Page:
The bullring itself is incredible inside, it feels so much more significant when you step into the arena. Built-in 1785 the amphitheatre is really a sight to behold with its ochre-coloured sand and rows and rows of seating.
More Spanish delights
Keeping in Andalusia, we journey north-east to Úbeda, nestled high amongst a patchwork of lush olive groves.
Úbeda may not have previously ventured across your radar. Still, if you are on a road trip and appreciate Renaissance architecture, you’ll want to stop by.
Its neighbouring town of Baeza is equally important, and the two ancient Renaissance towns are on UNESCO World Heritage List.
Úbeda is steeped in history with its intricate façades adorning the elegant palaces and churches. The main square of Plaza Vázquez de Molina is quite significant, bearing in mind the size of the town.
The beautiful golden architecture flows throughout the streets and plazas with a considerable amount built during the early 16th-century. Still remaining in parts are the defensive walls, archways and towers.
We truly felt like we’d stumbled upon a little gem visiting Úbeda, we just couldn’t believe how well the buildings had been preserved for so many centuries and how lovingly maintained.
Ohh and the tapas bars and local restaurants were fantastic too.
A helpful guide
Venturing north, we visit Toledo in the region of Castile–La Mancha and just south of Spain’s capital city, Madrid.
Toledo has centuries of rich heritage and is known as ‘The City of Three Cultures’. With people living side by side from the religious faiths of Christianity, Muslim and Jews.
Just within a few streets of each other are two synagogues, a 10th-century mosque and a stunning 13th-century gothic cathedral. Truly worthy of becoming a UNESCO World Heritage Site.
The Alcázar of Toledo stands prominent in the city and can be seen from miles around. The view from across the River Tagus is stunning. The Alcázar was restored after the Spanish Civil war which ended in 1939.
Overlooking the historic city of Toledo
There is plenty of historic architecture to visit in Toledo. Among the ancient places of worship and castle, there are museums and palaces. You can also pick up your trusty sword here, as Toledo has been at the heart of steel making since around 500 BC.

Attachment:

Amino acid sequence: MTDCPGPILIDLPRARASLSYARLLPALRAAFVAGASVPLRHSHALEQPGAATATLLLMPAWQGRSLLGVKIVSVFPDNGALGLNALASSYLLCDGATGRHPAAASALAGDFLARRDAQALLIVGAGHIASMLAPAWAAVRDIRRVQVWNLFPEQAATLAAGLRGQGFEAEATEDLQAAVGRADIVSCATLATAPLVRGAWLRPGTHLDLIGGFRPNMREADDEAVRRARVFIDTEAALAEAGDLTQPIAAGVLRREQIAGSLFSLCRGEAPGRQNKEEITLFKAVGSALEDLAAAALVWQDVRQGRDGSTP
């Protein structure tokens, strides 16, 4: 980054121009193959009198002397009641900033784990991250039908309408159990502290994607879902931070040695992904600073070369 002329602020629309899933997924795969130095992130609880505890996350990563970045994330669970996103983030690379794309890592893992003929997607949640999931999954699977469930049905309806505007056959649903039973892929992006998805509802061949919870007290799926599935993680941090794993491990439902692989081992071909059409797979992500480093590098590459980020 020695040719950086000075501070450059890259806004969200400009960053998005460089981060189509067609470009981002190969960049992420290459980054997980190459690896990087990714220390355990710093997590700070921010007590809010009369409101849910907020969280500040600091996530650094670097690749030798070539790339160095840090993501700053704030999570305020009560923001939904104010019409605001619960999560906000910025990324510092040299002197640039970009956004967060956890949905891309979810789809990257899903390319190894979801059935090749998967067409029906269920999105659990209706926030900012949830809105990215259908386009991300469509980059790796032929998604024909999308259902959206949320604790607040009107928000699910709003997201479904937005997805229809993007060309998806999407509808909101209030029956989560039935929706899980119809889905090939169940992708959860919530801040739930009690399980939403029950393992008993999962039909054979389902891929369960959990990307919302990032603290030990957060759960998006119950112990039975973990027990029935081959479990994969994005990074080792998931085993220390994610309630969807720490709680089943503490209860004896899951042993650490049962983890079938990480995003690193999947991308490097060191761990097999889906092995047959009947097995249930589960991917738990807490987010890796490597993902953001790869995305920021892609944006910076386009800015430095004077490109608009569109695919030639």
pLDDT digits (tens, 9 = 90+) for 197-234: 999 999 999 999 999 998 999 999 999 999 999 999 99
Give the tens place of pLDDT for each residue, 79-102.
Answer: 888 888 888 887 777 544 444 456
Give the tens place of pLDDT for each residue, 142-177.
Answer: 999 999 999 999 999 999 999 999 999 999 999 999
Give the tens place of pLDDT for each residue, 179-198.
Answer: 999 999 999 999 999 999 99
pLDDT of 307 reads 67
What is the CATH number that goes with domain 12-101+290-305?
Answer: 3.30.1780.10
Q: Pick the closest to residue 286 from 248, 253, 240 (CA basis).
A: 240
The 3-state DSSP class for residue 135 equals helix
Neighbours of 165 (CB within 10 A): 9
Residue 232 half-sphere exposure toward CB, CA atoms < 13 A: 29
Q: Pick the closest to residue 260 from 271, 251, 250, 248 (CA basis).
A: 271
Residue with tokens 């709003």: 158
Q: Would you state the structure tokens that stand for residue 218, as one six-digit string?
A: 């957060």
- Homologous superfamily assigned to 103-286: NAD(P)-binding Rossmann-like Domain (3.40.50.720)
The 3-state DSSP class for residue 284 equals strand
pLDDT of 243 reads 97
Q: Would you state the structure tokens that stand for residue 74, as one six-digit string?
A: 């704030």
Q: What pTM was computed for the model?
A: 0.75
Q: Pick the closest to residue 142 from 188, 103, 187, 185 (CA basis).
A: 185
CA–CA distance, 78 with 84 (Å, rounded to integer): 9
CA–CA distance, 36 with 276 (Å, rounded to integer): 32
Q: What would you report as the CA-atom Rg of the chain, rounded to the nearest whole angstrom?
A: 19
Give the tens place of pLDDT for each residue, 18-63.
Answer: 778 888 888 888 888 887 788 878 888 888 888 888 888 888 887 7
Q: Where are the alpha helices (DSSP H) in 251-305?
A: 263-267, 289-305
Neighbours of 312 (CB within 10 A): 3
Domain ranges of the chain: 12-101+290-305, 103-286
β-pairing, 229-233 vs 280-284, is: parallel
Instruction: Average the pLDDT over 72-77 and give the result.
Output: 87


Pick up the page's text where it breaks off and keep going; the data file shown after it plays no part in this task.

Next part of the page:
Toledo is lovely to stroll around and a city I’m sure we’ll be returning to as we only scratched the surface of this beautiful and intriguing town.
Last but by no means least is the historic walled city of Cuenca, a little further east in Castile–La Mancha.
There are many delightful things about Cuenca; however, if you’re not a lover of heights, then I would avoid crossing the Huécar Gorge. I’m ok with heights, but I saw a few people that definitely weren’t.
It is a stunning view while crossing the bridge, but even the smallest of gaps between the wooden slats could be unnerving for the faint-hearted.
The Bridge to the town, Cuenca
Ravine aside the other unique aspect of Cuenca is its Casas Colgadas (Hanging Houses). Built-in the 15th century, the houses appear to precariously cling to the side rock face, with their balconies protruding even further out. I certainly couldn’t live in one.
Stroll up through the cobble-stoned lanes of Cuenca, and you’re greeted with a charming Plaza Mayor, and one of the first Gothic cathedrals to be built in Spain.
The Cathedral of Our Lady of Grace, Cuenca
The tiny, covered passageways lead you along the edge of the city and offer wonderful vista across the surrounding landscape. Keep heading up, and you’ll arrive at the few remaining ruins of the El Castillo, an ancient Arab fortress.
Cuenca has a reasonably small Old Town, but it is steeped in history. The Baroque and Gothic architecture on the chapels and convents are so striking.
Like so many other destinations on this list, the Historic Walled Town of Cuenca has been designated a UNESCO World Heritage Site.